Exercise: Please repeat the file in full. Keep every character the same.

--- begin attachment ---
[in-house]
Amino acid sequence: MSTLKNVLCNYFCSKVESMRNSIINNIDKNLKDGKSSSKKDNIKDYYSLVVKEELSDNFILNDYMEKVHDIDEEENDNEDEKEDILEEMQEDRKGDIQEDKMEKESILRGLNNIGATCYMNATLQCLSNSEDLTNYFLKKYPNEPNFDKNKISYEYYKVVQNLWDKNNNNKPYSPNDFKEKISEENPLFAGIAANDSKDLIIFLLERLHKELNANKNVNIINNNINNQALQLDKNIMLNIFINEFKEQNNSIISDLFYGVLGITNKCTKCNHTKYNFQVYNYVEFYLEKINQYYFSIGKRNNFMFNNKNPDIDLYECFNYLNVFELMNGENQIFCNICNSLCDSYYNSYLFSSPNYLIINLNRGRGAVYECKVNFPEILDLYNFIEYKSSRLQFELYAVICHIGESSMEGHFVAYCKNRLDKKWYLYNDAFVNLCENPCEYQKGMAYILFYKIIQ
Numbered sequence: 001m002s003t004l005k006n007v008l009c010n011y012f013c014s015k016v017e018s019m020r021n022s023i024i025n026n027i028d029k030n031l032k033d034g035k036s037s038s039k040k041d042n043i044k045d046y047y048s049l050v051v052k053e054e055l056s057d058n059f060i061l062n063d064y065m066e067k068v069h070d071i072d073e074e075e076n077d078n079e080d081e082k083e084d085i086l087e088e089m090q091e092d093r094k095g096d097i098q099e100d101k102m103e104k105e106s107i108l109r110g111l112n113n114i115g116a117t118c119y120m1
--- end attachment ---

[in-house]
Amino acid sequence: MSTLKNVLCNYFCSKVESMRNSIINNIDKNLKDGKSSSKKDNIKDYYSLVVKEELSDNFILNDYMEKVHDIDEEENDNEDEKEDILEEMQEDRKGDIQEDKMEKESILRGLNNIGATCYMNATLQCLSNSEDLTNYFLKKYPNEPNFDKNKISYEYYKVVQNLWDKNNNNKPYSPNDFKEKISEENPLFAGIAANDSKDLIIFLLERLHKELNANKNVNIINNNINNQALQLDKNIMLNIFINEFKEQNNSIISDLFYGVLGITNKCTKCNHTKYNFQVYNYVEFYLEKINQYYFSIGKRNNFMFNNKNPDIDLYECFNYLNVFELMNGENQIFCNICNSLCDSYYNSYLFSSPNYLIINLNRGRGAVYECKVNFPEILDLYNFIEYKSSRLQFELYAVICHIGESSMEGHFVAYCKNRLDKKWYLYNDAFVNLCENPCEYQKGMAYILFYKIIQ
Numbered sequence: 001m002s003t004l005k006n007v008l009c010n011y012f013c014s015k016v017e018s019m020r021n022s023i024i025n026n027i028d029k030n031l032k033d034g035k036s037s038s039k040k041d042n043i044k045d046y047y048s049l050v051v052k053e054e055l056s057d058n059f060i061l062n063d064y065m066e067k068v069h070d071i072d073e074e075e076n077d078n079e080d081e082k083e084d085i086l087e088e089m090q091e092d093r094k095g096d097i098q099e100d101k102m103e104k105e106s107i108l109r110g111l112n113n114i115g116a117t118c119y120m1